T wenty-five years ago, the World Aquaculture Society held its annual conference in Seattle, Washing...
Are Projections of Aquaculture Growth Over-Optimistic?
A recent paper in Frontiers in Marine Science (DOI:10.3389/fmars.2022.984354) by Sumaila et al. is entitled “Aquaculture over-optimism?”, with the deliberate inclusion of a question mark. The authors define this as “the belief that aquaculture can continue to grow at its recent rate or even faster, and therefore be able to meet global demand for fish single-handedly.” The authors claim that a media narrative feeds into the notion that aquaculture can feed the world.
To refute this narrative, the authors examined FAO time-series data and calculated the growth rate of aquaculture production, expressed as a five-year moving average. In general, the growth rate of aquaculture was about 10 percent in the 1990s, 6 percent in the 2000s, 4 percent in the 2010s and 2 percent in the 2020s. The authors calculated that the peak annual growth of aquaculture production was 14 percent and occurred in 1996.
Using percentage data can be highly misleading and this paper is not an exception. For a country or species starting at a low baseline, growth rate in production will be very high in the early years of development and then naturally decline as time goes on. Furthermore, there is no food production system that can perpetually sustain high growth rates. It is quite normal for food producing sectors to have grown rapidly in early years and then settle into relatively low, more sustainable growth rates. It is more important to look at absolute increases in production and not growth rates. A country that starts at a high baseline (pick any Asian country) and increases production by a relatively small percentage over time can add considerable production to global seafood supplies.
It is curious why the authors chose this approach. The real agenda of the paper is revealed in the statement that “An extreme form of as aquaculture over-optimism is the notion that we need not worry about sustaining wild fish stocks because we can meet the global need through farming.” Why take this approach of considering an extreme case? Who or what institution in aquaculture is saying that we should not work on sustaining wild fish stocks. There is no merit in pitting fisheries and aquaculture against each other. It is not an either/or, extreme-scenario, zero-sum game.
As is well known, fisheries production has been stagnant since the 1990s. Overfished stocks have increased from about 15 percent in 1980 to about 35 percent currently. Shouldn’t efforts be made to try to move fishing effort to more sustainable levels in those fisheries that would actually increase catches? In particular, capacity-enhancing subsidies that encourage overfishing should be removed or retargeted. The fact is that efforts to improve the management and sustainability of fisheries, and more importantly, to increase production, over the last few decades have on the whole failed. Pointing the finger at aquaculture by saying the industry is making promises that it can’t deliver is disingenuous and misplaced criticism.
There has always been a sense of optimism associated with aquaculture development given the vast potential in the early years of development in the 1970s and 1980s. Sure, there have been hyperbolic statements about aquaculture feeding the world, but it is true that for a time aquaculture was the fastest-growing food production sector in the world, mostly in Asia. And more recently, the message that aquaculture is a very efficient way to produce animal protein from the perspective of resource use has gained currency.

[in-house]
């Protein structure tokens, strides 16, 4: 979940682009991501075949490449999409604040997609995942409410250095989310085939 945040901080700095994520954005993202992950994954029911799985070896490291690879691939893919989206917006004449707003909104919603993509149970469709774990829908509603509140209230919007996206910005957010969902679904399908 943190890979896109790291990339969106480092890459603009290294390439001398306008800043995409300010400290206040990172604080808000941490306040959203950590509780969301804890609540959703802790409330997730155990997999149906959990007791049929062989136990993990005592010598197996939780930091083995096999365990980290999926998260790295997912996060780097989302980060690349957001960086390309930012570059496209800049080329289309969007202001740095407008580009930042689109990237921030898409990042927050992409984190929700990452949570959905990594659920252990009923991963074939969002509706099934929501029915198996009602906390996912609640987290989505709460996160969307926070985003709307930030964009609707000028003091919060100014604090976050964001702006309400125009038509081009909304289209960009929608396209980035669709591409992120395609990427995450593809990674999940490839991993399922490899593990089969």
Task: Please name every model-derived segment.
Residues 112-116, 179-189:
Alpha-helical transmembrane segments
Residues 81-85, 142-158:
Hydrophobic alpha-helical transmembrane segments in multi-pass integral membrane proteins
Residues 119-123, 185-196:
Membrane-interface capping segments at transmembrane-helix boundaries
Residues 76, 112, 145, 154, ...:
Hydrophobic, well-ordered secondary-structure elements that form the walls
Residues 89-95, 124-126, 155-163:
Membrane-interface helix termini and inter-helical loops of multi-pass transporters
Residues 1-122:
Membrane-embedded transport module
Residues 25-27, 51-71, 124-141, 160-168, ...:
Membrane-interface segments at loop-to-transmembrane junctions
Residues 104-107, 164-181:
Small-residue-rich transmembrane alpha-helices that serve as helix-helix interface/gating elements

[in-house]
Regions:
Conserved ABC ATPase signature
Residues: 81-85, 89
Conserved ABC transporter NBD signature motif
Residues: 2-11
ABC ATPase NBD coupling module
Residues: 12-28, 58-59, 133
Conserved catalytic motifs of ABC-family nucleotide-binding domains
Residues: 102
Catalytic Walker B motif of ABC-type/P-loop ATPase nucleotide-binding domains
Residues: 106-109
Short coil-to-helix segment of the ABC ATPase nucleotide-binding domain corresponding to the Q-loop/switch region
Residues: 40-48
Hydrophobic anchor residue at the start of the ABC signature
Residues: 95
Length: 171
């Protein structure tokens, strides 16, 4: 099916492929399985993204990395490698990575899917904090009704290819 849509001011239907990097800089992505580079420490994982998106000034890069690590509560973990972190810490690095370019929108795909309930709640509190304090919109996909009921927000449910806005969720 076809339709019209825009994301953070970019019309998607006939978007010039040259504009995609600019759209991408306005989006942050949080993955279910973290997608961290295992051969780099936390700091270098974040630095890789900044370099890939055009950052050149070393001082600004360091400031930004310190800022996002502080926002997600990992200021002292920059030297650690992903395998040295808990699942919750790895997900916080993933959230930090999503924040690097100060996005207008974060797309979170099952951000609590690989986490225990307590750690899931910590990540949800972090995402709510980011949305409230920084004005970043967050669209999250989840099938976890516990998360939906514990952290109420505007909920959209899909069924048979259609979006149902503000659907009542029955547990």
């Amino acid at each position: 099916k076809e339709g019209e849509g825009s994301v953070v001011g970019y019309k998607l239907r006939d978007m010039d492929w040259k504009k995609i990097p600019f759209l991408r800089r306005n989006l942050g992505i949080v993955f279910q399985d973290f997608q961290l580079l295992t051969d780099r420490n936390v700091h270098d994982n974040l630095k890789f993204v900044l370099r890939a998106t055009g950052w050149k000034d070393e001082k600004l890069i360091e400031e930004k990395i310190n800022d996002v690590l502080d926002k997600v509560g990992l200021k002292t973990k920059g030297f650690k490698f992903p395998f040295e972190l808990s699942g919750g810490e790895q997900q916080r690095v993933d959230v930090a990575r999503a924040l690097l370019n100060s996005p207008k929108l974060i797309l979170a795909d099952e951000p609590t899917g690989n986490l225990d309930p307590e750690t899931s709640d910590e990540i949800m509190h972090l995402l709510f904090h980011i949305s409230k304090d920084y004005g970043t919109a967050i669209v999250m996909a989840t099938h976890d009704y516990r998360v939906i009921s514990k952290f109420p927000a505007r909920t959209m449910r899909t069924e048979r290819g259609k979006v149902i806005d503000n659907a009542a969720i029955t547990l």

In the paper “Fish to 2030” published in 2015 (DOI:10.1080/13657305.2015.994240), the authors evaluate hypothetical scenarios based on various sets of plausible conditions to arrive at estimates of future aquaculture production. Such estimates for 2030 range from 93 to 116 million tons, seen as unattainable at current growth rates by Sunaila et al. In the Sunaila paper, they propose an extreme scenario “without wild fish,” concluding that aquaculture production growth rate would have to be three times the current production projected for 2030. It is unclear why this unrealistic scenario was even proposed. To meet projected future demand, it is clear that additional technical innovation are needed, management of any disease outbreaks would have to occur and other biophysical resource limitations would have to be overcome.
Sunaila et al. also discuss the geographical distribution of farmed fish production, making the point that fisheries resources are more uniformly distributed around the world, in contrast to aquaculture production that is concentrated in Asia (80 percent of total), and in China in particular (60 percent of total). The authors claim that the socioeconomic costs of over-optimistic aquaculture production scenarios could be “devastating” to low-income countries. Again, this assumes an extreme case of aquaculture providing all local fish production. Why?
If this article is intended to influence policy, it seems to have completely missed the mark. It’s hard to know what policy options the authors would favor. What would constitute a more realistic or less optimistic outlook of aquaculture’s future? Aquaculture production increases are generally flat outside of Asia, so much more work needs to be done to foster aquaculture development in those places, principally by creating a favorable enabling environment. Of course, also needed are ongoing technological innovation in genetic improvement programs, cost-effective and efficient feeds, disease management and biosecurity, and development of downstream parts of the value chain, including processing, marketing and distribution.
— John A. Hargreaves, Editor-in-Chief
About John A. Hargreaves
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